I came to Cyprus because of Temuri Ketsbaia, the Georgian forever lodged in my memory for his engraged, wild-eyed hoofing of a St James' Park advertising board and an extra-time leveller in Zagreb which put Newcastle United into the Champions League group stages and left us few dozen independent travellers with a journey back to the centre reminiscent of The Warriors' return trip from Van Cortlandt Park.
Ketsbaia's five years in Britain - three on Tyneside and one apiece in Wolverhampton and Dundee - were bookended by lengthier periods in Athens and Cyprus, where he scored 72 goals in 175 games in two spells at Anorthosis Famagusta, the island's oldest club. As coach he famously led his side to two titles and a Cypriot Cup, outwitted Trabzonspor and Olympiacos in Champions League qualifiers, and came within a whisker of the knockout rounds in 2008-09, defeating Panathanaikos, twice holding Werder Bremen and taking a point and a single goal loss from two games against Jose Mourinho's Inter Milan. Four months later he was gone and the "brightest chapter in the 98-year history of Anorthosis" was at an end.
"Ketsbaia is a great coach but a very rude man," Marinos says as he checks me into his hotel. "But football in Larnaca is not the same since he left." "What's your team?" I ask. "I like football," he smiles, "which is why I support APOEL." It's an answer which goes some way to explaining the malaise currently afflicting the town's five top-flight clubs. While up to 1% of the country's entire population watch the Nicosia side's home fixtures, attendances at AEK Larnaca have latterly slumped below 1,000, cash-strapped, already relegated ALKI have minus 35 points after 23 matches and could disappear altogether before the end of the campaign, and disgruntled Anorthosis fans recently stormed into stadium offices attempting to oust the board of a club that is more than €12 million in debt and on to their third coach of the season.
The televised AEK - Anorthosis derby was the highlight of the six league games played in and around Larnaca over the weekend, though with both sides - third and second in the 2012-13 First Division - mired in midtable first impressions weren't particularly encouraging. The two-sided stadium, a 45-minute walk north of the beachfront near a hospital, industrial zone and the Aradippou road, was all but deserted when I arrived with only two working two ticket booths and more riot police than supporters on show. Empty rows of dirty blue and white bucket seats curved around the straights of a running track, the only shade provided by a corrugated roof above the VIP section and a canvas tunnel reaching over a concrete ditch towards the disused long-jump pit. The opposing ultras arrived just before kick off, AEK's small contingent sport matching black hoodies and leave their drum unattended while trading shouts across the pitch, the blue-shirted Anorthosis fans breaking off from tying banners to engage in some energetic arm waving.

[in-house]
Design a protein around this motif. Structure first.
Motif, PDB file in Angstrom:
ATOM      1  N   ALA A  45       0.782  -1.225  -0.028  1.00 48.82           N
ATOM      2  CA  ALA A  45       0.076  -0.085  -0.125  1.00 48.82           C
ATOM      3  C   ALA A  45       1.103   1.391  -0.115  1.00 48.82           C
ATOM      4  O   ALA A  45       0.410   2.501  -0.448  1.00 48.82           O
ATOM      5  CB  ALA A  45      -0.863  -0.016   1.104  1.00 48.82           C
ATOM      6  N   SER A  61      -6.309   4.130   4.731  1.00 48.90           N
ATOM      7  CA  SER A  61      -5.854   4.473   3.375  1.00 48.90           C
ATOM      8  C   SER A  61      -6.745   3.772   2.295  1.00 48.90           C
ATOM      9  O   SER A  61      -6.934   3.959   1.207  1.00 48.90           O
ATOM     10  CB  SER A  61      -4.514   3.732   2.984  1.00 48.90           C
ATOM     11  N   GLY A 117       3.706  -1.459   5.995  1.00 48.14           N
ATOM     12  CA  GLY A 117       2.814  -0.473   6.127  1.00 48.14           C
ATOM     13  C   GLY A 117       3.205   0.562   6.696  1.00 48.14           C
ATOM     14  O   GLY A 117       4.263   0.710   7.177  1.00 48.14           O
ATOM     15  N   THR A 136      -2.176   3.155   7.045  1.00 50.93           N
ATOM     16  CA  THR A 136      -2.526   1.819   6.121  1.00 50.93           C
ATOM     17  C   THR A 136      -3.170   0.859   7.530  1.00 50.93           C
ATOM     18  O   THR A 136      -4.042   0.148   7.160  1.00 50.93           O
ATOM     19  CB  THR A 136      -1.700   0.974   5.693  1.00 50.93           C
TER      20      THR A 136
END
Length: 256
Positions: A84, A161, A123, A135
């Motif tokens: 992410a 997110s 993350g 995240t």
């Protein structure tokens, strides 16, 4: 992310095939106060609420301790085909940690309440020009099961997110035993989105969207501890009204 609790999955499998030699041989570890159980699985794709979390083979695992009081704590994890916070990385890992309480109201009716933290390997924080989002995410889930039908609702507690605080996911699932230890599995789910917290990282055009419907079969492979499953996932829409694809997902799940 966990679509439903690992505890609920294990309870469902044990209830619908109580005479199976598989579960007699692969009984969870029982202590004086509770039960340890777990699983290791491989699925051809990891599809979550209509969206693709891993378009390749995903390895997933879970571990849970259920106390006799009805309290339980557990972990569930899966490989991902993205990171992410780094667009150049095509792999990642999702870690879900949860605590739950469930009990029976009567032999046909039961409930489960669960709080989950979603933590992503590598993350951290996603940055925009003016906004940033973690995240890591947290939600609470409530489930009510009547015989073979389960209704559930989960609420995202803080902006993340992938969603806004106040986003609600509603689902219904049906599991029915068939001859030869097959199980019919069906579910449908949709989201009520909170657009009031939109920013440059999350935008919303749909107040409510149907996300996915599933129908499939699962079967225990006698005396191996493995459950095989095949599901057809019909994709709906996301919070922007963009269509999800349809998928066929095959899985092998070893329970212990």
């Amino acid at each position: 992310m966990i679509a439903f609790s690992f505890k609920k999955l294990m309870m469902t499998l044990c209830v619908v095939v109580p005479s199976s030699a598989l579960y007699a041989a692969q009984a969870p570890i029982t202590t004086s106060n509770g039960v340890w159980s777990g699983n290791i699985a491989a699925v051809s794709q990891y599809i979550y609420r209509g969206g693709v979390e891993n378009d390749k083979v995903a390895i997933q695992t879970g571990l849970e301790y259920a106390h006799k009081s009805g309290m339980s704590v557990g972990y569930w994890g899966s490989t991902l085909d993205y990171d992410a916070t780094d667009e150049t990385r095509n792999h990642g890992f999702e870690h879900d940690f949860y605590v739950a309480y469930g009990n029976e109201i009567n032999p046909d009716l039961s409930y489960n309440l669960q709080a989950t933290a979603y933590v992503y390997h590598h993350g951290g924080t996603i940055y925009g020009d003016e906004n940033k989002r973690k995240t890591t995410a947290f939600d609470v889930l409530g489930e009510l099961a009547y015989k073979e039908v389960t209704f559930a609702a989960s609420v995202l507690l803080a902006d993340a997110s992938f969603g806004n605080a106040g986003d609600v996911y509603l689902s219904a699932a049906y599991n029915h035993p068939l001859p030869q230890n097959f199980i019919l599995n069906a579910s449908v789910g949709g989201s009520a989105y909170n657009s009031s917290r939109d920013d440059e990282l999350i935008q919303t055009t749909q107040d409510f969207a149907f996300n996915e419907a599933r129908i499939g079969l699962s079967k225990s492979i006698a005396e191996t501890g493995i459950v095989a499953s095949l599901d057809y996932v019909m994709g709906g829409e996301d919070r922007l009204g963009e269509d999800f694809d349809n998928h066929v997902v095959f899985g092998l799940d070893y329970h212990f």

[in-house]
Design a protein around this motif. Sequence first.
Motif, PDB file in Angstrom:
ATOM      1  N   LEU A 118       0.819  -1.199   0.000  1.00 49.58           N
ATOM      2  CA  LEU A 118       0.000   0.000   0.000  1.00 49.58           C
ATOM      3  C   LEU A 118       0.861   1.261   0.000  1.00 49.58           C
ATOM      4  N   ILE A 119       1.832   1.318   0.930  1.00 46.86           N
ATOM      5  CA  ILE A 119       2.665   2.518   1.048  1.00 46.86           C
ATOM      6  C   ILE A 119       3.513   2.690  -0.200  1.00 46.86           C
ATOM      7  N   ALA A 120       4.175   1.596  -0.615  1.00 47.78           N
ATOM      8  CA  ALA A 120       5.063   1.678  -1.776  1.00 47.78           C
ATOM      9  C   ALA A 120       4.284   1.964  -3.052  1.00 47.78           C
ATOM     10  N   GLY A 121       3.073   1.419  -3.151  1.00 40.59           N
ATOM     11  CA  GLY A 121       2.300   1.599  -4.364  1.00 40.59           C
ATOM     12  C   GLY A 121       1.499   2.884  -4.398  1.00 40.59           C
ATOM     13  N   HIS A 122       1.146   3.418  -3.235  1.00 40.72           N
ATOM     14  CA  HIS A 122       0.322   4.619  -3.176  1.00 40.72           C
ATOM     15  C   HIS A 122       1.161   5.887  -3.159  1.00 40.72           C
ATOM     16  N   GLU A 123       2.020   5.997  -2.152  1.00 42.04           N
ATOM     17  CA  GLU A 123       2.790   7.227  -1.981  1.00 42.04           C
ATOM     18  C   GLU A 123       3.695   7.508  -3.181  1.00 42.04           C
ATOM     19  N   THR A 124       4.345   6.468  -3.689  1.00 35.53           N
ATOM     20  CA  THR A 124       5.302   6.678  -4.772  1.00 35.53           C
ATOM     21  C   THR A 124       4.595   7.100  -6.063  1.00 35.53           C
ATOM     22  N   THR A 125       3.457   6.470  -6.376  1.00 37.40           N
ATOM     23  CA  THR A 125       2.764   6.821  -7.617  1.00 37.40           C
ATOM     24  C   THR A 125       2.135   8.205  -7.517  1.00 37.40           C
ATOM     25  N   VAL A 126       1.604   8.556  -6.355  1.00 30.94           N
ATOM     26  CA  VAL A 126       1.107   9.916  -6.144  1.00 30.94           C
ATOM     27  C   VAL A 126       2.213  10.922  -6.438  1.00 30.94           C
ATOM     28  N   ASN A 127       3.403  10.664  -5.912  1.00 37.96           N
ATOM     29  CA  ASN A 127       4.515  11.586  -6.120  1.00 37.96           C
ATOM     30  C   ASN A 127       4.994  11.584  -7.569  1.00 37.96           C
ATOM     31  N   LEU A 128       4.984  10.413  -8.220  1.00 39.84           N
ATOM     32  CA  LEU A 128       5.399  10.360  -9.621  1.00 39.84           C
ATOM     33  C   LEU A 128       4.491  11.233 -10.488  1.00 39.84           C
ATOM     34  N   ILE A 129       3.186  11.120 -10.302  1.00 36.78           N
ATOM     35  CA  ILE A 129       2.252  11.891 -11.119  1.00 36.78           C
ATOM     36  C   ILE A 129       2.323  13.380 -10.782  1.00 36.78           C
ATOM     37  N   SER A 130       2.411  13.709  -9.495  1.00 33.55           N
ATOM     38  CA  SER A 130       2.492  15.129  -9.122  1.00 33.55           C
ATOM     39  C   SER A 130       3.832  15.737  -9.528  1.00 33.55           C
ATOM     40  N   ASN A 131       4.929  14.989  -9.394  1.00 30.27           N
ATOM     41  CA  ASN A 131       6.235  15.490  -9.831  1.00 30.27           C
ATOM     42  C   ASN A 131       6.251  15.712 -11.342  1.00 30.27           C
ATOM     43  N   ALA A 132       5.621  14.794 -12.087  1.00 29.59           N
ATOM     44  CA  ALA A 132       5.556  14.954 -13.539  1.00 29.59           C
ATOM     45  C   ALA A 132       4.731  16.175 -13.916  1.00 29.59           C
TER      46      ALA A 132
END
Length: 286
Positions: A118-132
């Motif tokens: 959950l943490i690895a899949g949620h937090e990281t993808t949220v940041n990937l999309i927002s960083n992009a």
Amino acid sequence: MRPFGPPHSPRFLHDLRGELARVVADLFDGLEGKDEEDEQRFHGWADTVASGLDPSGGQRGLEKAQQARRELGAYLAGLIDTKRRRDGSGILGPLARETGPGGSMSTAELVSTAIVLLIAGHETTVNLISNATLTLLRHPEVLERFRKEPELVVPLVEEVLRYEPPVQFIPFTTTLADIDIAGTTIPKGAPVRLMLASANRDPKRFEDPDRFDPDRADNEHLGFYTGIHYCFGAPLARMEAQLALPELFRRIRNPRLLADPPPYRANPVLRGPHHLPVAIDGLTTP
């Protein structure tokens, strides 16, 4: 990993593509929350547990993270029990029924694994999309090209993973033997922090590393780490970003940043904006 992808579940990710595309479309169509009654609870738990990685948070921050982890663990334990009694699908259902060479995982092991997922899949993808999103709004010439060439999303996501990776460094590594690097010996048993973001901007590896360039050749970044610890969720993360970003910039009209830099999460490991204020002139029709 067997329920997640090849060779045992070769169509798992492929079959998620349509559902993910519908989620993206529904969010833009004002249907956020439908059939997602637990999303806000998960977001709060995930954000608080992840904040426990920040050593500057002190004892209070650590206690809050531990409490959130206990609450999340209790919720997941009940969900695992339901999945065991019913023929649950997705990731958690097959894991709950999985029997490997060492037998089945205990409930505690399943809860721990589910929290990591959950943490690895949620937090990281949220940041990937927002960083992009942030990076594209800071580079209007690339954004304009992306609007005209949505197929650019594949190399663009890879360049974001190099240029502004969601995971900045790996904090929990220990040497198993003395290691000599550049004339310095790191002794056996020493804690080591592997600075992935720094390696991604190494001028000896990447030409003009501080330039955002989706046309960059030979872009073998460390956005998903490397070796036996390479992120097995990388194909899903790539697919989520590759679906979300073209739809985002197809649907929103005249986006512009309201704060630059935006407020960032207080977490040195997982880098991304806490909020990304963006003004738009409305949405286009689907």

The Famagusta end gets a clap-and-stomp number started, the home fans silent until the 12th minute when Kyriakos Pavlou - one of only five Cypriot players on the pitch - scrambles the opening goal past former Ligue 1 title winner Mathieu Valverde. "AEK ole, AEK ole, AEK ole, ole, ole!" Sedate toing and froing makes up the remainder of the half, the toothless visitors shading possession but never seriously threatening Miguel Escalona's goal.
In the second half the funereal pace of the Anorthosis fans' chanting is matched by the passage of the ball around their midfield. The first time the blue shirts manage to pass their way to goal Moshe Ohayon can only hit Valverde's legs, the second - Roberto Colautti scooping over with the Frenchman stranded - immediately precedes Vitaliy Ivanko's solo bundle through the Famagusta defence, Colautti taking his head from his hands just long enough to see the ball nestling in the opposite net. A late, deflected consolation from Andreas Avraam is greeted with jeers, more arm waving and sullen indifference, Anorthosis's fifth defeat in six games leaving the pre-season title favourites 16 points off top spot and only six ahead of a place in the post-season relegation round - catastrophic for a club which not so very long ago were drawing with Tottenham Hotspur and Inter Milan.
As the 1,500 crowd drift back to their cars, I set off for the centre (passing a fish and chip shop with a Liver bird prominently displayed above the door) to see Omonia Nicosia struggle to a 1-1 draw in Limassol, with only three Cypriots on the pitch and an attendance of 995. "Neglecting youth is having devastating consequences in every area of Cypriot football," is the headline in The Cyprus Mail. "I'm not a doctor," Ketsbaia said two years ago, but the game on the island - entertaining as it remains for visitors - seems to be in increasing need of some help.
Admission: 15 euro
Date: Sunday 23rd February 2014